Architecture is the blueprint of any physical structure. It defines the basic design principle or building style used for construction based on the need, cost, quality, time, scalability, security, reliability, and risk aversion. Similarly, Software Architecture simply defines the blueprint or the basic design style in which the software is built to satisfy the customer specifications, CQT (cost, quality, time factors of the project), conformity to a specific platform/language, reusability, maintainability, loosely coupled nature, security, scalability, reliability, and availability to support 100% uptime and mitigate risks.
Every software that is built, end up with a specific architecture based on the requirements and use cases that it is built upon. So, what is the big deal about understanding software architecture? Knowledge is power and equips you to take wise decisions. This basic life lesson applies in this case as well.
- Which Programming language is most suited for the system that you are building in terms of performance, security and ease of use?
- Which development framework would you use that provides the greatest system performance, security and developer productivity?
- Which design patterns would you use that gives you the most code reuse and scalability?
- Which testing frameworks, CI/CD and DevOps tools would you use that offers the most performance and maintainability on premise and cloud setups?
- What kind of underlying infrastructure (on-premise, cloud, hybrid) is the most cost-effective, secured, available and gives you high performance?
– is crucial for anyone who builds high performance, mission critical software systems. These are also the basic knowledge realms upon which a specific software architecture gets its life when a high-performance software system is built and thus becomes a reference point or in other words a reference model or architecture or pattern for the developer community. This leads to the point that high performance software systems are built on a combination of component architectures that goes into the overall software architecture. So, understanding the nuts and bolts of well-established software architectures is important at any time to reduce the rework, failure rate, bugs and diminished performance due to bad design.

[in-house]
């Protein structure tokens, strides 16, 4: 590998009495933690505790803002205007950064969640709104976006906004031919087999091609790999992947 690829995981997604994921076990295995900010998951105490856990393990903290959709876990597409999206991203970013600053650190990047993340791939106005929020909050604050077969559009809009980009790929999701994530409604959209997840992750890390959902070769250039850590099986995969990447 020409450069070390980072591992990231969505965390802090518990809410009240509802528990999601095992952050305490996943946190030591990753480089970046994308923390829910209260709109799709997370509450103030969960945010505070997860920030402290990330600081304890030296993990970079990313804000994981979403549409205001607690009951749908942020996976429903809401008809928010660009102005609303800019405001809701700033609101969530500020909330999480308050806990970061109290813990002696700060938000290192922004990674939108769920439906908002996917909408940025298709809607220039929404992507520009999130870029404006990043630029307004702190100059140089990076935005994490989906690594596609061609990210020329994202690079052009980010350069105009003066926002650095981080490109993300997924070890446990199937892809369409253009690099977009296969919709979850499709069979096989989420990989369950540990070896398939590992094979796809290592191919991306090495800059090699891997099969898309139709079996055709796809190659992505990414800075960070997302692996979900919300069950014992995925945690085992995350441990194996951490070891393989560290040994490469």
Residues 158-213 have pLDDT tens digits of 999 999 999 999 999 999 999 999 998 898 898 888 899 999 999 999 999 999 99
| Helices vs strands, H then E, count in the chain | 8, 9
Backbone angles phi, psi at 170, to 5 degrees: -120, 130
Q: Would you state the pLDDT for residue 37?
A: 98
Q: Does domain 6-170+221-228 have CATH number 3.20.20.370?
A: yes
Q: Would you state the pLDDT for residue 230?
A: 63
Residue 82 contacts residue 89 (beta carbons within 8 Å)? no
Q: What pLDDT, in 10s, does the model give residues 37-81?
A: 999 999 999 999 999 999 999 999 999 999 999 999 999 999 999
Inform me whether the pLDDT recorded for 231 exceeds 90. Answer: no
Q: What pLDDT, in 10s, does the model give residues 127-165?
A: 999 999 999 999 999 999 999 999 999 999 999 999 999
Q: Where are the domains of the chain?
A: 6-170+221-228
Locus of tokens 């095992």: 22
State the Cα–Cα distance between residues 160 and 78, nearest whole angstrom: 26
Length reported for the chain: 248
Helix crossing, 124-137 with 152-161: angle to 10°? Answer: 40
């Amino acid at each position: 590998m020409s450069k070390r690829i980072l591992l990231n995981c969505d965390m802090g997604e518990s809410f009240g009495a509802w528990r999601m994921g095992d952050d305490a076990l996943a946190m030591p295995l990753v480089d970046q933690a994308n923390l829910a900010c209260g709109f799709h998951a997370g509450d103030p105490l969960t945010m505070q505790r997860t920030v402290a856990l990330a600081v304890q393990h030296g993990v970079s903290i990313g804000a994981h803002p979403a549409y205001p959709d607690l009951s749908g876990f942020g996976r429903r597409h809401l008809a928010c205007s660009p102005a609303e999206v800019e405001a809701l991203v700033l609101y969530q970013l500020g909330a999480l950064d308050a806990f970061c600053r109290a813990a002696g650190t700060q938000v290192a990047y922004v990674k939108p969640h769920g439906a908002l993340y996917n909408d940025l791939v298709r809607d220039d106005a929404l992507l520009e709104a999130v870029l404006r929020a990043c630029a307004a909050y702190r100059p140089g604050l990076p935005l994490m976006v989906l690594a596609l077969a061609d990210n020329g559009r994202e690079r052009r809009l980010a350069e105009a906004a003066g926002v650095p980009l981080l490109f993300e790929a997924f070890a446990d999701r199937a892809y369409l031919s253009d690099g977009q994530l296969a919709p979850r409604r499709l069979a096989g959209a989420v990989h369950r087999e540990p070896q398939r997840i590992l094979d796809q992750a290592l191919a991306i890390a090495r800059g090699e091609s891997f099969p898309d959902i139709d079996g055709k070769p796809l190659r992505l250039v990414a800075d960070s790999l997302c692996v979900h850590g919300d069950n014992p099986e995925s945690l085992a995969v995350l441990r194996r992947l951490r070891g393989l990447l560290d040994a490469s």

Creation and representation of Software Architecture should not be an after the fact thing or realization. Meaning, there is least value in documenting the Software Architecture once the software is built and is in production use. Software Architecture decisions (see above in bold) need to be thought about and documented in adequate representational forms so that appropriate ‘approvals’ are attained from proven industry knowledge. There is a lot of experience and learning factor involved in this process. Foundational knowledge of these areas and constant self-learning is crucial for anyone who takes Software Development seriously for the betterment of the community. I recommend the academic community to improve and expand their curriculum annually including above principles which will equip students to make wise decisions right from the start!
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